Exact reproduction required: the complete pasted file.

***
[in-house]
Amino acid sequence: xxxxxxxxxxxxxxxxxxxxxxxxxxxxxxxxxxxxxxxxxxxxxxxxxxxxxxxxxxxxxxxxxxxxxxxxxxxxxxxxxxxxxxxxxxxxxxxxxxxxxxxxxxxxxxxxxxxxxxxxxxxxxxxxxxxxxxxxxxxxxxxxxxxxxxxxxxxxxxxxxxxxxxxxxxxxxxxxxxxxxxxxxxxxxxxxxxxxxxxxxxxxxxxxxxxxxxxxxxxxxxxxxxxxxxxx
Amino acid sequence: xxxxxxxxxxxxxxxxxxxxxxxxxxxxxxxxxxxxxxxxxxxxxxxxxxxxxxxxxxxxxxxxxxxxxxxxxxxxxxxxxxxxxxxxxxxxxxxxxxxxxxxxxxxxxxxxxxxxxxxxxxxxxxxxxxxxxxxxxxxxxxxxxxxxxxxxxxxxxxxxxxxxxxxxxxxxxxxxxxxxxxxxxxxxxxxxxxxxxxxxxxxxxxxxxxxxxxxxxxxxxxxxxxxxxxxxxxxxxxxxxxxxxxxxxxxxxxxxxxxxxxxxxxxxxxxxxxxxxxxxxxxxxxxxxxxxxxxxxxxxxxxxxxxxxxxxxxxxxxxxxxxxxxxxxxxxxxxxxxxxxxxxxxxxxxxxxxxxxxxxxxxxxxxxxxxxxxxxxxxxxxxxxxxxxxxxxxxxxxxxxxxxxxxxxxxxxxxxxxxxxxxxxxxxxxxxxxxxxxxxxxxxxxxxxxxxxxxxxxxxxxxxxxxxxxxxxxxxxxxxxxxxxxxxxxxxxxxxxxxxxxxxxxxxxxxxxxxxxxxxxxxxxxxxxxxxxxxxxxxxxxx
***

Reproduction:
[in-house]
Amino acid sequence: xxxxxxxxxxxxxxxxxxxxxxxxxxxxxxxxxxxxxxxxxxxxxxxxxxxxxxxxxxxxxxxxxxxxxxxxxxxxxxxxxxxxxxxxxxxxxxxxxxxxxxxxxxxxxxxxxxxxxxxxxxxxxxxxxxxxxxxxxxxxxxxxxxxxxxxxxxxxxxxxxxxxxxxxxxxxxxxxxxxxxxxxxxxxxxxxxxxxxxxxxxxxxxxxxxxxxxxxxxxxxxxxxxxxxxxx
Amino acid sequence: xxxxxxxxxxxxxxxxxxxxxxxxxxxxxxxxxxxxxxxxxxxxxxxxxxxxxxxxxxxxxxxxxxxxxxxxxxxxxxxxxxxxxxxxxxxxxxxxxxxxxxxxxxxxxxxxxxxxxxxxxxxxxxxxxxxxxxxxxxxxxxxxxxxxxxxxxxxxxxxxxxxxxxxxxxxxxxxxxxxxxxxxxxxxxxxxxxxxxxxxxxxxxxxxxxxxxxxxxxxxxxxxxxxxxxxxxxxxxxxxxxxxxxxxxxxxxxxxxxxxxxxxxxxxxxxxxxxxxxxxxxxxxxxxxxxxxxxxxxxxxxxxxxxxxxxxxxxxxxxxxxxxxxxxxxxxxxxxxxxxxxxxxxxxxxxxxxxxxxxxxxxxxxxxxxxxxxxxxxxxxxxxxxxxxxxxxxxxxxxxxxxxxxxxxxxxxxxxxxxxxxxxxxxxxxxxxxxxxxxxxxxxxxxxxxxxxxxxxxxxxxxxxxxxxxxxxxxxxxxxxxxxxxxxxxxxxxxxxxxxxxxxxxxxxxxxxxxxxxxxxxxxxxxxxxxxxxxxxxxxxxx